A similar phenomenon can be seen with the consequences of artificially suppressed interest rates and monetary stimulus: In the short term, they appear to have positive effects, but the long-term effects are disastrous and bear no relation to the advantages. If one studies these processes closely, it becomes clear that the underlying problems cannot be solved by global zero interest rate policy, but that this instead undermines the natural selection process of the market. Governments, financial institutions, entrepreneurs, and consumers, who should actually be declared insolvent, all remain on artificial life support.

In line with Bastiat's thoughts, numerous fatal long-term consequences of zero interest rate policies can be identified:3

Conservative investors by nature come under increasing pressure with respect to their investments and take on excessive risks in light of the prospect that interest rates will remain low in the long term. This leads to capital misallocation and the emergence of bubbles. 

The sweet poison of low interest rates leads to massive asset price inflation (stocks, bonds, works of art, real estate). 

Structurally too low interest rates in industrialized nations due to carry trades lead to the emergence of asset price bubbles and contagion effects in emerging markets.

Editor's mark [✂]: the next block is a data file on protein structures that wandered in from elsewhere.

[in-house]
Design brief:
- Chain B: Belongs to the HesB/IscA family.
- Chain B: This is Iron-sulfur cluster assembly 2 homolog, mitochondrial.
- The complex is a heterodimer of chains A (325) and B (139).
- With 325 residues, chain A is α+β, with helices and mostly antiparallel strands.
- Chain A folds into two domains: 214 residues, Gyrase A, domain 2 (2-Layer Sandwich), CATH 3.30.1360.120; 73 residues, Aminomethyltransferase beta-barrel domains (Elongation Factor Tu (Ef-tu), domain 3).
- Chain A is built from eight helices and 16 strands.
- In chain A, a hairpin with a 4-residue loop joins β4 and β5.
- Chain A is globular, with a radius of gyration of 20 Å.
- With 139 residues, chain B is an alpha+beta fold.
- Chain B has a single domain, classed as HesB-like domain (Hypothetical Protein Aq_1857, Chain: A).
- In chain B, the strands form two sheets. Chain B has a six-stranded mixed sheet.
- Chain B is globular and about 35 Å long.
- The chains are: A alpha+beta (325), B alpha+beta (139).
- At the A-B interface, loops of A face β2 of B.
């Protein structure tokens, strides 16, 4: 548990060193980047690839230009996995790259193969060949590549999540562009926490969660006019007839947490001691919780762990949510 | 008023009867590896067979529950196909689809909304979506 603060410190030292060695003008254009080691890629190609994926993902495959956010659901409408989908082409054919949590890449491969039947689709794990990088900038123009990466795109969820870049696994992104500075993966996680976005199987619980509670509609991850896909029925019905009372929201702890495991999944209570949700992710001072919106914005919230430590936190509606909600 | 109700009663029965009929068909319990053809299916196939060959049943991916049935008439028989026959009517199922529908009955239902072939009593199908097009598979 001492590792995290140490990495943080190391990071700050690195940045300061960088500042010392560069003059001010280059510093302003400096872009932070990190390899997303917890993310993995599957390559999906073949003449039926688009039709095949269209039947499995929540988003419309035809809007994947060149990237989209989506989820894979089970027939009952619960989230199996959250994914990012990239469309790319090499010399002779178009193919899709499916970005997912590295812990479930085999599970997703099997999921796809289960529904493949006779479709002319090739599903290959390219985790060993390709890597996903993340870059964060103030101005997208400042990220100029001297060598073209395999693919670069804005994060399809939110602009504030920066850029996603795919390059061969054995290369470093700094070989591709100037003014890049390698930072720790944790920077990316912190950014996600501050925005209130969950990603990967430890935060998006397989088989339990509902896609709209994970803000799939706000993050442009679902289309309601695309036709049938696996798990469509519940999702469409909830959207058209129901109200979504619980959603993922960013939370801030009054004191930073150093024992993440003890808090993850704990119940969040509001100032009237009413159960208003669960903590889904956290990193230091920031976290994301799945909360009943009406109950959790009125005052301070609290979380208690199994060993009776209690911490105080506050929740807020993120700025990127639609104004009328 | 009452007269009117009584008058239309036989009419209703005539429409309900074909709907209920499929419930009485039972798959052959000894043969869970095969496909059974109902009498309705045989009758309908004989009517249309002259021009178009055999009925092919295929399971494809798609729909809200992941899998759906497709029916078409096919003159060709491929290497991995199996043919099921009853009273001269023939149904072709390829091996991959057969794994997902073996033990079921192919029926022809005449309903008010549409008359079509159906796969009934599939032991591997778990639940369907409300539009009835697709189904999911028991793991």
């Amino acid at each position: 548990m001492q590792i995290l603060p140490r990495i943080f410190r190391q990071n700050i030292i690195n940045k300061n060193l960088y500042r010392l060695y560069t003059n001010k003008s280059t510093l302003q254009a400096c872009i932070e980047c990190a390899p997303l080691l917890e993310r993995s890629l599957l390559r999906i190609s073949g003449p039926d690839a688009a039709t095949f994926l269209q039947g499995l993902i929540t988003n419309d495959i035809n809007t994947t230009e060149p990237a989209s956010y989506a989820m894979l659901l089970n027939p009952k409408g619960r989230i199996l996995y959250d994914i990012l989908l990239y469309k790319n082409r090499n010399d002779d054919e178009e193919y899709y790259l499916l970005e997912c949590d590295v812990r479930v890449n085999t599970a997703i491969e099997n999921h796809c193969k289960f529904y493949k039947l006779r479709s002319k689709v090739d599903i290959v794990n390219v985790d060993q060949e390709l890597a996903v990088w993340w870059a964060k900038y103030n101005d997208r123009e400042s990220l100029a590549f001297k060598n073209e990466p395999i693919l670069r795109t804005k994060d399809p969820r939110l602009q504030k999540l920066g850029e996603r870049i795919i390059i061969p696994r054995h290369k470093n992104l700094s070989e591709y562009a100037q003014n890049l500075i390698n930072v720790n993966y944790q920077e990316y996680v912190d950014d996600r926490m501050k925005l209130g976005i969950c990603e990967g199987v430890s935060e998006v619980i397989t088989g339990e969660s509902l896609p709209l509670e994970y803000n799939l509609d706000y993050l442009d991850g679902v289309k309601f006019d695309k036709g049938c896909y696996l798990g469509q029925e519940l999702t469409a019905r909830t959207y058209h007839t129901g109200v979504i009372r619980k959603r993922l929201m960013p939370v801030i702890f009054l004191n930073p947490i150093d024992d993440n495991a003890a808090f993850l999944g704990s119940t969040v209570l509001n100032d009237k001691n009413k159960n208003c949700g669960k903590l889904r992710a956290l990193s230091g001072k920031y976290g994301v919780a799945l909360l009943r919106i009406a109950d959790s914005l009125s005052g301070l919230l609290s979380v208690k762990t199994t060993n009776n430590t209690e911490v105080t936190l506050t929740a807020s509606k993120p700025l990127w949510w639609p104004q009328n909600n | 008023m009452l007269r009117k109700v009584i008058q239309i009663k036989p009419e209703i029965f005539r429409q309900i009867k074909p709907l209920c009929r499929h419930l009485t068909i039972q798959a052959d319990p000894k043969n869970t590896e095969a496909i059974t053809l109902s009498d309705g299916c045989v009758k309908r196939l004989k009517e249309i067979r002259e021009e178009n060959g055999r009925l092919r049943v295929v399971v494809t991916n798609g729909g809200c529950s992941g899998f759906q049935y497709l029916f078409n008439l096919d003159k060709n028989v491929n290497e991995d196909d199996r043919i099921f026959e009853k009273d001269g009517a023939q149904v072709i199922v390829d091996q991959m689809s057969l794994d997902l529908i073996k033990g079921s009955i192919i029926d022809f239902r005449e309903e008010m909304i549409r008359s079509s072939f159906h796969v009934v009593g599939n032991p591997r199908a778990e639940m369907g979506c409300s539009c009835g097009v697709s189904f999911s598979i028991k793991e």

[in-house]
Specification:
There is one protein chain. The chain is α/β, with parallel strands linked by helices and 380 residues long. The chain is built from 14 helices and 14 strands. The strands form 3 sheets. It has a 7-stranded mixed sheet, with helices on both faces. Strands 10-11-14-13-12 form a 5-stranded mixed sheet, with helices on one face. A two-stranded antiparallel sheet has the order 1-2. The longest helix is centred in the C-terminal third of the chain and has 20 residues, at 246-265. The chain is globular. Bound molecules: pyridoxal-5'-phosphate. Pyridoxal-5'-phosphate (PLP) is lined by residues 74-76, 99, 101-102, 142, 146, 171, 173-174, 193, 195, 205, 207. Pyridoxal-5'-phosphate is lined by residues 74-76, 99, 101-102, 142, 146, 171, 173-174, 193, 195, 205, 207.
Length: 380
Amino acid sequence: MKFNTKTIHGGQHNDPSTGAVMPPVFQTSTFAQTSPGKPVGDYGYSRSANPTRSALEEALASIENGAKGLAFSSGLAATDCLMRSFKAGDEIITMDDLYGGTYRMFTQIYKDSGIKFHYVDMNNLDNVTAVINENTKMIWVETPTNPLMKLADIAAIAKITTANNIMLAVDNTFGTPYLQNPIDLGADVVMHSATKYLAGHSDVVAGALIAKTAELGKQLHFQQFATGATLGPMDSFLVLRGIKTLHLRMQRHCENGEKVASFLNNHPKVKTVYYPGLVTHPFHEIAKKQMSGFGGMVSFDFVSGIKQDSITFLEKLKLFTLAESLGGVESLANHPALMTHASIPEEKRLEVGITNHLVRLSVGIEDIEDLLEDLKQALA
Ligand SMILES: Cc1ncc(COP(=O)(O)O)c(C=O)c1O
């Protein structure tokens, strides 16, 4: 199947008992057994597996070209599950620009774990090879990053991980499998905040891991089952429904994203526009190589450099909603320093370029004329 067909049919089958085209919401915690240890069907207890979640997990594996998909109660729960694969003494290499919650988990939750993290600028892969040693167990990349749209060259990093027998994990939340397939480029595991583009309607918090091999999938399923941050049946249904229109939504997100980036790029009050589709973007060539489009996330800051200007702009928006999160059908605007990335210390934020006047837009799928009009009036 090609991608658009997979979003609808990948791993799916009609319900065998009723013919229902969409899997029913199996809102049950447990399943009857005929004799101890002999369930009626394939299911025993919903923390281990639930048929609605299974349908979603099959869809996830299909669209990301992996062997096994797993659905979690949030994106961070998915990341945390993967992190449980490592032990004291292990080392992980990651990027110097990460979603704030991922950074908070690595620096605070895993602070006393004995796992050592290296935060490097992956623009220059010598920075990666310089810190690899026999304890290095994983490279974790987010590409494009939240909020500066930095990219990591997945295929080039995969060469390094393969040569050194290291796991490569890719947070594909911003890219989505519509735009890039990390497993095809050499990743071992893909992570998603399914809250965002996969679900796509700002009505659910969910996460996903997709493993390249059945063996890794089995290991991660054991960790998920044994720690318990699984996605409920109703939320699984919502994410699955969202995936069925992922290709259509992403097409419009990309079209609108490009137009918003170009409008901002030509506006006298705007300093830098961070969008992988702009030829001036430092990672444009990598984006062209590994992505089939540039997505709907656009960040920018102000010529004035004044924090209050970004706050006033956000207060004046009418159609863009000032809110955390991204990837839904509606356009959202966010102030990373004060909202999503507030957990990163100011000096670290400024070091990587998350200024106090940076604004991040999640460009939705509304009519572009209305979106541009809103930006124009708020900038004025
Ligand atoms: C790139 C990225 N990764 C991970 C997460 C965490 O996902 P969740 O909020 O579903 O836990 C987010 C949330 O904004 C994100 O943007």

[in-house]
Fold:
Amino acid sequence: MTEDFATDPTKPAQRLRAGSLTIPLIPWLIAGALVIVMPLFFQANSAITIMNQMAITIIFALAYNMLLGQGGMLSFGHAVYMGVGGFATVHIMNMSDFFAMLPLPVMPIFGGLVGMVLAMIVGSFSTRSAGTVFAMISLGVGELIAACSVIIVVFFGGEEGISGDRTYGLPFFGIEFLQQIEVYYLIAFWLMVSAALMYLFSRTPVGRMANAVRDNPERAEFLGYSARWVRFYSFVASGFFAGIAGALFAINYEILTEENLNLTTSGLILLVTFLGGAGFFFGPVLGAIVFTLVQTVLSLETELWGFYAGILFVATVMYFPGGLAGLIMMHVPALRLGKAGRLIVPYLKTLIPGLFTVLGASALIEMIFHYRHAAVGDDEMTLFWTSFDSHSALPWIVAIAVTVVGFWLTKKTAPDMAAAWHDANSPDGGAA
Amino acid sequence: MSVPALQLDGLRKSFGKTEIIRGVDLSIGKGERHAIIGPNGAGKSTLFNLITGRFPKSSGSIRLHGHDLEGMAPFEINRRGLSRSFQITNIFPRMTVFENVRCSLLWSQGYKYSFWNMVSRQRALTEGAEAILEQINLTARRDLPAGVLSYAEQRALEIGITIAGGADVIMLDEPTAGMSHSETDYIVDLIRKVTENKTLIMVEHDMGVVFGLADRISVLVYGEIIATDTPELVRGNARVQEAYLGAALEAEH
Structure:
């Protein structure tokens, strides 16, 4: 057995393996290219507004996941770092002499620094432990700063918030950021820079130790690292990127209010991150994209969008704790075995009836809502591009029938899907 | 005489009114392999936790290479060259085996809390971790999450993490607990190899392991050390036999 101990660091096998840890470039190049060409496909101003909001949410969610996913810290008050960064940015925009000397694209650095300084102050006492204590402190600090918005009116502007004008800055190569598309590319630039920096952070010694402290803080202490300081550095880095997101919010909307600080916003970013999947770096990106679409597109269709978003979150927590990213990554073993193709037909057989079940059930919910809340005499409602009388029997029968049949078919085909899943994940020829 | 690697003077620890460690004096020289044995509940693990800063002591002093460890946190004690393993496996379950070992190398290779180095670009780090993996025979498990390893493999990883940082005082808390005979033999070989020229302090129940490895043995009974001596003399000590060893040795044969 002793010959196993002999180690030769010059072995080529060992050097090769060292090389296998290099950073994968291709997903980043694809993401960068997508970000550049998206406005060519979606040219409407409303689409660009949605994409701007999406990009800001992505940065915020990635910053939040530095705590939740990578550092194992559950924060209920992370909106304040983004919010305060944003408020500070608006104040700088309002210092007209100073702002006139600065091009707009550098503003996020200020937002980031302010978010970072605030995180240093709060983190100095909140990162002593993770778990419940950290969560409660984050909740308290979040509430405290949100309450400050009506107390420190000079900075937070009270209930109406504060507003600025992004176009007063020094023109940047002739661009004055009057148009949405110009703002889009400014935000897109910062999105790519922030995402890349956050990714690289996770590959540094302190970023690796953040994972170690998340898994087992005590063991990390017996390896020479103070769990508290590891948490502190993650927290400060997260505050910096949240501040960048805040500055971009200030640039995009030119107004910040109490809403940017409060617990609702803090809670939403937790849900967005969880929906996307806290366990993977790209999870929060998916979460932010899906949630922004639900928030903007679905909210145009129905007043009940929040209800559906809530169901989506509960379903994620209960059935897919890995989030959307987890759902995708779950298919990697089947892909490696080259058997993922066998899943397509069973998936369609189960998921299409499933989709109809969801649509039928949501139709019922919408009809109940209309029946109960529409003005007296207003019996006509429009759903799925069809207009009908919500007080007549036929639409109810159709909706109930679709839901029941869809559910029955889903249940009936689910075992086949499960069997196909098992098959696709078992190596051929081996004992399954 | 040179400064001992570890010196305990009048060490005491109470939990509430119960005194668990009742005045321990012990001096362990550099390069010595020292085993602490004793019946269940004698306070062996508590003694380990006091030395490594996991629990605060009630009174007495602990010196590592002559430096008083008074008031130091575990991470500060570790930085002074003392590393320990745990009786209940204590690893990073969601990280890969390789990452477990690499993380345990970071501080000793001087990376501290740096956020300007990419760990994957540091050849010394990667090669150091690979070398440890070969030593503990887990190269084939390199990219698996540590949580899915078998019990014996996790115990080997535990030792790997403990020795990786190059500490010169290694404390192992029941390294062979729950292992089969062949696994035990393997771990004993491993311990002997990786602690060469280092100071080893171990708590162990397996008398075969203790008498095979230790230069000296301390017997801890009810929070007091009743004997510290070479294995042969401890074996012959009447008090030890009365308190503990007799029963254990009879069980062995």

Changes in human behavior patterns occur, due to continually declining purchasing power. While thrift is increasingly mutating into a relic of the past, taking on debt comes to be seen as rational. 

As a result of the structurally too low level of interest rates, a “culture of instant gratification” is created,4 which is among other things characterized by the fact that consumption is financed with credit instead of savings. The formation of wealth becomes steadily more difficult. 

The medium of exchange and unit of account function of money increases in importance, while its role as a store of value declines.5

Incentives for fiscal discipline decline. 

Zombie banks are created: Low interest rates prevent the healthy process of creative destruction. Banks are enabled to roll over potentially non-performing loans practically indefinitely and can thus lower their write-off requirements.